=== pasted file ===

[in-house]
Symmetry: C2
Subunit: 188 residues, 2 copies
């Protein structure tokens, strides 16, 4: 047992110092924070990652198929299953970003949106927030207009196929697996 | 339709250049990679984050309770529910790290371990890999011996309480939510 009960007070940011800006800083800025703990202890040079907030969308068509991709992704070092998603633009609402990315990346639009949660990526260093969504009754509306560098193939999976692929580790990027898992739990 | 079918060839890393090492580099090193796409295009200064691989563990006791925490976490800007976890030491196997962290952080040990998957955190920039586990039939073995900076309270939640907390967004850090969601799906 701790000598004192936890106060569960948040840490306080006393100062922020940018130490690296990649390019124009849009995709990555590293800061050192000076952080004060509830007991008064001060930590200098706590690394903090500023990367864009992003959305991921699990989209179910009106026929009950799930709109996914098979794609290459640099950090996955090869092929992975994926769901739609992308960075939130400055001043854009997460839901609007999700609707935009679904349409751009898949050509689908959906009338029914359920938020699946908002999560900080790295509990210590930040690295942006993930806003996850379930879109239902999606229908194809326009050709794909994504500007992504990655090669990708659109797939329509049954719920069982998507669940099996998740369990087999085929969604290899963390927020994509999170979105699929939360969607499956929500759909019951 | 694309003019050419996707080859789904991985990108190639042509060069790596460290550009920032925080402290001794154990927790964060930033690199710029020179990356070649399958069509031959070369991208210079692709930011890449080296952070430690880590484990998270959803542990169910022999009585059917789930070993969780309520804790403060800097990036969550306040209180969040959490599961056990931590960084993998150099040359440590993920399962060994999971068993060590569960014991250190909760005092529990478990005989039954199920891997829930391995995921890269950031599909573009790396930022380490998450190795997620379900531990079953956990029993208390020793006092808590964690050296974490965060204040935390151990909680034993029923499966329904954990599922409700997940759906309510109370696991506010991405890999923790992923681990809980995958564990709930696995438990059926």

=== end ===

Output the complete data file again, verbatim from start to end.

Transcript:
[in-house]
Symmetry: C2
Subunit: 188 residues, 2 copies
């Protein structure tokens, strides 16, 4: 047992110092924070990652198929299953970003949106927030207009196929697996 | 339709250049990679984050309770529910790290371990890999011996309480939510 009960007070940011800006800083800025703990202890040079907030969308068509991709992704070092998603633009609402990315990346639009949660990526260093969504009754509306560098193939999976692929580790990027898992739990 | 079918060839890393090492580099090193796409295009200064691989563990006791925490976490800007976890030491196997962290952080040990998957955190920039586990039939073995900076309270939640907390967004850090969601799906 701790000598004192936890106060569960948040840490306080006393100062922020940018130490690296990649390019124009849009995709990555590293800061050192000076952080004060509830007991008064001060930590200098706590690394903090500023990367864009992003959305991921699990989209179910009106026929009950799930709109996914098979794609290459640099950090996955090869092929992975994926769901739609992308960075939130400055001043854009997460839901609007999700609707935009679904349409751009898949050509689908959906009338029914359920938020699946908002999560900080790295509990210590930040690295942006993930806003996850379930879109239902999606229908194809326009050709794909994504500007992504990655090669990708659109797939329509049954719920069982998507669940099996998740369990087999085929969604290899963390927020994509999170979105699929939360969607499956929500759909019951 | 694309003019050419996707080859789904991985990108190639042509060069790596460290550009920032925080402290001794154990927790964060930033690199710029020179990356070649399958069509031959070369991208210079692709930011890449080296952070430690880590484990998270959803542990169910022999009585059917789930070993969780309520804790403060800097990036969550306040209180969040959490599961056990931590960084993998150099040359440590993920399962060994999971068993060590569960014991250190909760005092529990478990005989039954199920891997829930391995995921890269950031599909573009790396930022380490998450190795997620379900531990079953956990029993208390020793006092808590964690050296974490965060204040935390151990909680034993029923499966329904954990599922409700997940759906309510109370696991506010991405890999923790992923681990809980995958564990709930696995438990059926």